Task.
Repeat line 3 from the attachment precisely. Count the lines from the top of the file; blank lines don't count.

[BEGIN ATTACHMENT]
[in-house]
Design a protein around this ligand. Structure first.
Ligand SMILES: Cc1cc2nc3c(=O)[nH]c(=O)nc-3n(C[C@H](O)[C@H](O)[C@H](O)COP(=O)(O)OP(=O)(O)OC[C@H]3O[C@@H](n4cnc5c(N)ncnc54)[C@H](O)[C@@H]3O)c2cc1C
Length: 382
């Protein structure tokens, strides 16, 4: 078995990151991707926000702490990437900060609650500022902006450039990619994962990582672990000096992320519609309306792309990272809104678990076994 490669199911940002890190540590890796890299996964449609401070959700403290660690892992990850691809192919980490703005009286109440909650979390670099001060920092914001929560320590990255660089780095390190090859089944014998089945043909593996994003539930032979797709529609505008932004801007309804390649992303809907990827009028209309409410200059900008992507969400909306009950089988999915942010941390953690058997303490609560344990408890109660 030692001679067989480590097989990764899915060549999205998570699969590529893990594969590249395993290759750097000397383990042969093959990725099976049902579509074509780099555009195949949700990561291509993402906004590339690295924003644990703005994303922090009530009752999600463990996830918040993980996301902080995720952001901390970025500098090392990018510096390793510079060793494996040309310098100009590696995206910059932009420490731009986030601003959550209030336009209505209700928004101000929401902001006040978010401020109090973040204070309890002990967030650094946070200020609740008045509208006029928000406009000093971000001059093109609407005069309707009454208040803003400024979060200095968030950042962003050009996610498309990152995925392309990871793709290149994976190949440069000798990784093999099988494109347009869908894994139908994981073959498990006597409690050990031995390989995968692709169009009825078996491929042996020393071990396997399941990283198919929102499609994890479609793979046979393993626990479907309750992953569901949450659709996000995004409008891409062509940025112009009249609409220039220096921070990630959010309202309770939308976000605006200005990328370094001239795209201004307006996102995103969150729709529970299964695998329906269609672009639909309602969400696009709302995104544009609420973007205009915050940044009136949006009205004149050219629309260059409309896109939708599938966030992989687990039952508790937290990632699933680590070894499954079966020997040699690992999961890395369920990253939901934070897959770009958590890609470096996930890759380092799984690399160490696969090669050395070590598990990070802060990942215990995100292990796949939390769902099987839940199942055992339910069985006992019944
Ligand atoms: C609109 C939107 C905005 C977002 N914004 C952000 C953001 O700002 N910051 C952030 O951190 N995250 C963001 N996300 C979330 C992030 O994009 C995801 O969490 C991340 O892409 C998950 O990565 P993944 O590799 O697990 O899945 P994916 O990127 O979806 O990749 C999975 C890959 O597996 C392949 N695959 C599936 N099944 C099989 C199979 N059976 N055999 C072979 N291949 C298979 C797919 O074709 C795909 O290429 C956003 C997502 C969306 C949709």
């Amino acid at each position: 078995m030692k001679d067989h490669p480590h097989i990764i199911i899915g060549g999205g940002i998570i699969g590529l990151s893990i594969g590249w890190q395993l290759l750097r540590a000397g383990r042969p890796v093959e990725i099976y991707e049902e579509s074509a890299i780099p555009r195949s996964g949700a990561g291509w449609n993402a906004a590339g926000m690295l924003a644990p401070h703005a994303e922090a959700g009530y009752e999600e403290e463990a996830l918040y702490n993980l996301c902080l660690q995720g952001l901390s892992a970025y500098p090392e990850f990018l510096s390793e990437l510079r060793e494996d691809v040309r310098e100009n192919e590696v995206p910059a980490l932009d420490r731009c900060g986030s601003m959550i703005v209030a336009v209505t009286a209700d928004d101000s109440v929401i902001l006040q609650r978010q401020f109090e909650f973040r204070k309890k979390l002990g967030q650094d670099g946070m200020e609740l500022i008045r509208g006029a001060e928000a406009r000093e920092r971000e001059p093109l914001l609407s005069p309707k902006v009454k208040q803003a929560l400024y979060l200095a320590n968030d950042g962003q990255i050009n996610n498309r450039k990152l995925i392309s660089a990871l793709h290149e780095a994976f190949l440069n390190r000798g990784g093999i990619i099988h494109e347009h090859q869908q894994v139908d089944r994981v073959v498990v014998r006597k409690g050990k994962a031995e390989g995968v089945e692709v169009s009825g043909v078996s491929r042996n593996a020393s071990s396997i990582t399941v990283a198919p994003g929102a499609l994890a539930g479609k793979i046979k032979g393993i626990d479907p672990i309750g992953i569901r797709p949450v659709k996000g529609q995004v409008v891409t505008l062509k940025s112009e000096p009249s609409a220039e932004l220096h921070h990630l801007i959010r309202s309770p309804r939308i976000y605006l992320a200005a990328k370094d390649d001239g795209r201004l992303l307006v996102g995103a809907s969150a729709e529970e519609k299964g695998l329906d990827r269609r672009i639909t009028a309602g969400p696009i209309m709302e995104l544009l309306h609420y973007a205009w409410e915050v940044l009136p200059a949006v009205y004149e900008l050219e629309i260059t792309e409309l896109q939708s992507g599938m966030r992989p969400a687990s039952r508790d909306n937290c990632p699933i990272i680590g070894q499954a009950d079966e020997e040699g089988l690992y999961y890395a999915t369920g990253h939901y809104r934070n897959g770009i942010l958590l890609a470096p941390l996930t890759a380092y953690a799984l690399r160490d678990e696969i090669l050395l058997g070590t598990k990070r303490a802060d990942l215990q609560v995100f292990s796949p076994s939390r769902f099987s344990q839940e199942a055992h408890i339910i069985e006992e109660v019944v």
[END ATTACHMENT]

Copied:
Ligand SMILES: Cc1cc2nc3c(=O)[nH]c(=O)nc-3n(C[C@H](O)[C@H](O)[C@H](O)COP(=O)(O)OP(=O)(O)OC[C@H]3O[C@@H](n4cnc5c(N)ncnc54)[C@H](O)[C@@H]3O)c2cc1C